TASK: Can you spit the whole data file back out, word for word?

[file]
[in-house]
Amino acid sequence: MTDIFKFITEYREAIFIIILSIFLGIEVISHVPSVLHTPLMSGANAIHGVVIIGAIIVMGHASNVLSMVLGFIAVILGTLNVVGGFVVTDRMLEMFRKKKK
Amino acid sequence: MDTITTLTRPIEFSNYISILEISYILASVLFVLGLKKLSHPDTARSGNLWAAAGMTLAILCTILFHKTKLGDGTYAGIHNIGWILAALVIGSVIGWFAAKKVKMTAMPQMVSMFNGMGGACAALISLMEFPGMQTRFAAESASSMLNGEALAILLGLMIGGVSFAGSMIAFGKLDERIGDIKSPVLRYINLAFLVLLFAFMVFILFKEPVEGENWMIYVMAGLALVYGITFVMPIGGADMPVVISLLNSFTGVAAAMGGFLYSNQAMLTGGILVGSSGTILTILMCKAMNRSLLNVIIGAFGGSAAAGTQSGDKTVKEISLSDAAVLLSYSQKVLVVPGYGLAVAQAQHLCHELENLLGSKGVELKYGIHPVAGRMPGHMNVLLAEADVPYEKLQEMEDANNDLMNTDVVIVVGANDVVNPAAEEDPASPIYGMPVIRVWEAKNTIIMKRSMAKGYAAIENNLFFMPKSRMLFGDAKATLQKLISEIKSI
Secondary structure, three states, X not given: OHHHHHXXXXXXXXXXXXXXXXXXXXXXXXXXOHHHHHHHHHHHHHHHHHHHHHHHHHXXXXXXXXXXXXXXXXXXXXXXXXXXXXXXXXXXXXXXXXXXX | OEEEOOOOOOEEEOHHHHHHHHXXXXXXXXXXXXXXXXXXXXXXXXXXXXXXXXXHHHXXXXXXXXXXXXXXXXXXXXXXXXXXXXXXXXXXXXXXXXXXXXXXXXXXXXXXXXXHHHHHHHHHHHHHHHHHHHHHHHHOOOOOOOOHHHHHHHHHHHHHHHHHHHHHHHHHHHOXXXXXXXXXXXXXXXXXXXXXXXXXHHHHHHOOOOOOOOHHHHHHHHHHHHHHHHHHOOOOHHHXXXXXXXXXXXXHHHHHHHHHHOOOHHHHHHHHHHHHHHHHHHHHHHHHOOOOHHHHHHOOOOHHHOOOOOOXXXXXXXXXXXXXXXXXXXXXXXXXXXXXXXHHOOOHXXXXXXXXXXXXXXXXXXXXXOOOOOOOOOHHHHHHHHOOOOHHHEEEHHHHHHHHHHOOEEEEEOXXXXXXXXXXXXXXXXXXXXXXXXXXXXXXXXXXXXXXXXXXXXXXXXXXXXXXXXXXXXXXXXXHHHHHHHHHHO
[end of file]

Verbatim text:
[in-house]
Amino acid sequence: MTDIFKFITEYREAIFIIILSIFLGIEVISHVPSVLHTPLMSGANAIHGVVIIGAIIVMGHASNVLSMVLGFIAVILGTLNVVGGFVVTDRMLEMFRKKKK
Amino acid sequence: MDTITTLTRPIEFSNYISILEISYILASVLFVLGLKKLSHPDTARSGNLWAAAGMTLAILCTILFHKTKLGDGTYAGIHNIGWILAALVIGSVIGWFAAKKVKMTAMPQMVSMFNGMGGACAALISLMEFPGMQTRFAAESASSMLNGEALAILLGLMIGGVSFAGSMIAFGKLDERIGDIKSPVLRYINLAFLVLLFAFMVFILFKEPVEGENWMIYVMAGLALVYGITFVMPIGGADMPVVISLLNSFTGVAAAMGGFLYSNQAMLTGGILVGSSGTILTILMCKAMNRSLLNVIIGAFGGSAAAGTQSGDKTVKEISLSDAAVLLSYSQKVLVVPGYGLAVAQAQHLCHELENLLGSKGVELKYGIHPVAGRMPGHMNVLLAEADVPYEKLQEMEDANNDLMNTDVVIVVGANDVVNPAAEEDPASPIYGMPVIRVWEAKNTIIMKRSMAKGYAAIENNLFFMPKSRMLFGDAKATLQKLISEIKSI
Secondary structure, three states, X not given: OHHHHHXXXXXXXXXXXXXXXXXXXXXXXXXXOHHHHHHHHHHHHHHHHHHHHHHHHHXXXXXXXXXXXXXXXXXXXXXXXXXXXXXXXXXXXXXXXXXXX | OEEEOOOOOOEEEOHHHHHHHHXXXXXXXXXXXXXXXXXXXXXXXXXXXXXXXXXHHHXXXXXXXXXXXXXXXXXXXXXXXXXXXXXXXXXXXXXXXXXXXXXXXXXXXXXXXXXHHHHHHHHHHHHHHHHHHHHHHHHOOOOOOOOHHHHHHHHHHHHHHHHHHHHHHHHHHHOXXXXXXXXXXXXXXXXXXXXXXXXXHHHHHHOOOOOOOOHHHHHHHHHHHHHHHHHHOOOOHHHXXXXXXXXXXXXHHHHHHHHHHOOOHHHHHHHHHHHHHHHHHHHHHHHHOOOOHHHHHHOOOOHHHOOOOOOXXXXXXXXXXXXXXXXXXXXXXXXXXXXXXXHHOOOHXXXXXXXXXXXXXXXXXXXXXOOOOOOOOOHHHHHHHHOOOOHHHEEEHHHHHHHHHHOOEEEEEOXXXXXXXXXXXXXXXXXXXXXXXXXXXXXXXXXXXXXXXXXXXXXXXXXXXXXXXXXXXXXXXXXHHHHHHHHHHO